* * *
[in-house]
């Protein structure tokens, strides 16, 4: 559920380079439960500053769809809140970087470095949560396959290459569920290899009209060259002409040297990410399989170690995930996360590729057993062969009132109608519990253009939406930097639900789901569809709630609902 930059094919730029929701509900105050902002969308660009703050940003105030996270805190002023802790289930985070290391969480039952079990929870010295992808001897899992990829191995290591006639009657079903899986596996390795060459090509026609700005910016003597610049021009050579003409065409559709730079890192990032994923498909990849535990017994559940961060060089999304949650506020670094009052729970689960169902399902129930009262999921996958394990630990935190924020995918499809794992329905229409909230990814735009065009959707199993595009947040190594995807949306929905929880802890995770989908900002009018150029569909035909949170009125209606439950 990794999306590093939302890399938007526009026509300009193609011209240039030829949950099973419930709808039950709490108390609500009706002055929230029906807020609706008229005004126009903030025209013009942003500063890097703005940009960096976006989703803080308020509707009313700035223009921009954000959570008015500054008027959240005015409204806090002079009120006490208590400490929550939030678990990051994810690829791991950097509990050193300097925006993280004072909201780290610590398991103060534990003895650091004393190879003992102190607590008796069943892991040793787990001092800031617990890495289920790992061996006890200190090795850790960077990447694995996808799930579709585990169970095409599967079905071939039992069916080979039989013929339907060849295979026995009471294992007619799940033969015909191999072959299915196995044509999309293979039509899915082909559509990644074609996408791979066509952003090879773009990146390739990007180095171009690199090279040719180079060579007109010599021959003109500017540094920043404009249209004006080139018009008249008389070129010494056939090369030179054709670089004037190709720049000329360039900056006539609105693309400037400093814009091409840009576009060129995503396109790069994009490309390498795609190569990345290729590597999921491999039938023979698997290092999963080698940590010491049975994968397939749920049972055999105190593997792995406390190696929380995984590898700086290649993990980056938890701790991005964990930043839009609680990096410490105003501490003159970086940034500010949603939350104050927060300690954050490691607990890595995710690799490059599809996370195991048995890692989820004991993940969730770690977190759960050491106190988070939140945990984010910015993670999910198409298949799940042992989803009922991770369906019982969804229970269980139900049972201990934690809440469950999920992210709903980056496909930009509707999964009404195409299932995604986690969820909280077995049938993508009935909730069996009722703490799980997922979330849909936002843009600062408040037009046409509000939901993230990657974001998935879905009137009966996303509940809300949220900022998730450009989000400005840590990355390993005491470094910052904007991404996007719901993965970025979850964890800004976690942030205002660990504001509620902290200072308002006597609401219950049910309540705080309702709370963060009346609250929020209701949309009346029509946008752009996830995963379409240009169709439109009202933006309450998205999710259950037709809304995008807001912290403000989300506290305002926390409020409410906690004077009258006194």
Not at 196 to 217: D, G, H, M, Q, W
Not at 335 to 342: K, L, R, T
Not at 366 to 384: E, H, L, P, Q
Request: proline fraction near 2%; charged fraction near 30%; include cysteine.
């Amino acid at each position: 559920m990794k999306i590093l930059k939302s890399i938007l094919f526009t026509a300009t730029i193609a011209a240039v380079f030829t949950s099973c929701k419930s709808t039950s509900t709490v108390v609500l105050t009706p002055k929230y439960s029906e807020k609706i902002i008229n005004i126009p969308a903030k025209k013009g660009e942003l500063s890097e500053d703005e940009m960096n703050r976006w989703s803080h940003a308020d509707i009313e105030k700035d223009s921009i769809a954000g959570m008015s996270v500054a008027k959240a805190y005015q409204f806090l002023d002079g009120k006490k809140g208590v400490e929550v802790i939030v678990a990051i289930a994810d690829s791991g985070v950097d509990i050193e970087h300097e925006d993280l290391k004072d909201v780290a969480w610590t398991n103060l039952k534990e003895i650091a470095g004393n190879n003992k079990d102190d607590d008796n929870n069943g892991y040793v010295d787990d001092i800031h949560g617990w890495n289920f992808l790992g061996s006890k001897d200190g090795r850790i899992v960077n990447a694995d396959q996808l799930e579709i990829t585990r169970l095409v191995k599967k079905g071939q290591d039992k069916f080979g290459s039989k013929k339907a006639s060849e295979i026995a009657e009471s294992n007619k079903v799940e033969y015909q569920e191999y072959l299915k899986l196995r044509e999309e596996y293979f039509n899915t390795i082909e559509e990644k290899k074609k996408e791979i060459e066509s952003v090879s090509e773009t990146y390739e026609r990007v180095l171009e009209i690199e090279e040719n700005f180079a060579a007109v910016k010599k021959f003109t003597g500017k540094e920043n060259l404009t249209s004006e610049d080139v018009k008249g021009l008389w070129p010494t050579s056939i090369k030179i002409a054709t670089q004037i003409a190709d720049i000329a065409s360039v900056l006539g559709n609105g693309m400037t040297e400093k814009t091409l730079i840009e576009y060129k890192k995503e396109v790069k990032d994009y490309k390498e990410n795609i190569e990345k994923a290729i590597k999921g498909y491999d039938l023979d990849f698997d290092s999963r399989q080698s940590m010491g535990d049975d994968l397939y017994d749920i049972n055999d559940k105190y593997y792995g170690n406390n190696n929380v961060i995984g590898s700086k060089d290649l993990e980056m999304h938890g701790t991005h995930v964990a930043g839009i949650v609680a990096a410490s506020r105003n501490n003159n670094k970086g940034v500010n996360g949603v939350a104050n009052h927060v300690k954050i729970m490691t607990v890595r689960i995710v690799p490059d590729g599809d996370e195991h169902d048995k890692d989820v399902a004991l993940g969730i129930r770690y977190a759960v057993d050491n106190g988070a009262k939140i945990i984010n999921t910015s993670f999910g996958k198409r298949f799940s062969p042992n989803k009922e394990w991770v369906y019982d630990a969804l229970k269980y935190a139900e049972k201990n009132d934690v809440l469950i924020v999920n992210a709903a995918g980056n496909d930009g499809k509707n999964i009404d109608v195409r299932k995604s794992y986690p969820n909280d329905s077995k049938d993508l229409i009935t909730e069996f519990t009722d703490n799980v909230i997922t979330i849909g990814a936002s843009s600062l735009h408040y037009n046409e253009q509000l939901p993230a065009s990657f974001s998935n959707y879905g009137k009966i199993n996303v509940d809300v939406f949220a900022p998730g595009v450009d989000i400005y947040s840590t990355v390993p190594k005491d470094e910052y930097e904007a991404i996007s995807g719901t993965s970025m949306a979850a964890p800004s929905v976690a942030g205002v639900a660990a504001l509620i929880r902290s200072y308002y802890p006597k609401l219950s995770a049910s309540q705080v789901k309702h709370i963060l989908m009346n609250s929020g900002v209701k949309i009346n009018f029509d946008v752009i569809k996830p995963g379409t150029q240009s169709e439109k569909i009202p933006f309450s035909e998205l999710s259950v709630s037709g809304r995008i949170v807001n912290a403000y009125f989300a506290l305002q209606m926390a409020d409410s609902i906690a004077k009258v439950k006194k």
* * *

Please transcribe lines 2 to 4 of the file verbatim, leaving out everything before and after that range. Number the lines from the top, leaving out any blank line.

């Protein structure tokens, strides 16, 4: 559920380079439960500053769809809140970087470095949560396959290459569920290899009209060259002409040297990410399989170690995930996360590729057993062969009132109608519990253009939406930097639900789901569809709630609902 930059094919730029929701509900105050902002969308660009703050940003105030996270805190002023802790289930985070290391969480039952079990929870010295992808001897899992990829191995290591006639009657079903899986596996390795060459090509026609700005910016003597610049021009050579003409065409559709730079890192990032994923498909990849535990017994559940961060060089999304949650506020670094009052729970689960169902399902129930009262999921996958394990630990935190924020995918499809794992329905229409909230990814735009065009959707199993595009947040190594995807949306929905929880802890995770989908900002009018150029569909035909949170009125209606439950 990794999306590093939302890399938007526009026509300009193609011209240039030829949950099973419930709808039950709490108390609500009706002055929230029906807020609706008229005004126009903030025209013009942003500063890097703005940009960096976006989703803080308020509707009313700035223009921009954000959570008015500054008027959240005015409204806090002079009120006490208590400490929550939030678990990051994810690829791991950097509990050193300097925006993280004072909201780290610590398991103060534990003895650091004393190879003992102190607590008796069943892991040793787990001092800031617990890495289920790992061996006890200190090795850790960077990447694995996808799930579709585990169970095409599967079905071939039992069916080979039989013929339907060849295979026995009471294992007619799940033969015909191999072959299915196995044509999309293979039509899915082909559509990644074609996408791979066509952003090879773009990146390739990007180095171009690199090279040719180079060579007109010599021959003109500017540094920043404009249209004006080139018009008249008389070129010494056939090369030179054709670089004037190709720049000329360039900056006539609105693309400037400093814009091409840009576009060129995503396109790069994009490309390498795609190569990345290729590597999921491999039938023979698997290092999963080698940590010491049975994968397939749920049972055999105190593997792995406390190696929380995984590898700086290649993990980056938890701790991005964990930043839009609680990096410490105003501490003159970086940034500010949603939350104050927060300690954050490691607990890595995710690799490059599809996370195991048995890692989820004991993940969730770690977190759960050491106190988070939140945990984010910015993670999910198409298949799940042992989803009922991770369906019982969804229970269980139900049972201990934690809440469950999920992210709903980056496909930009509707999964009404195409299932995604986690969820909280077995049938993508009935909730069996009722703490799980997922979330849909936002843009600062408040037009046409509000939901993230990657974001998935879905009137009966996303509940809300949220900022998730450009989000400005840590990355390993005491470094910052904007991404996007719901993965970025979850964890800004976690942030205002660990504001509620902290200072308002006597609401219950049910309540705080309702709370963060009346609250929020209701949309009346029509946008752009996830995963379409240009169709439109009202933006309450998205999710259950037709809304995008807001912290403000989300506290305002926390409020409410906690004077009258006194």
Not at 196 to 217: D, G, H, M, Q, W
Not at 335 to 342: K, L, R, T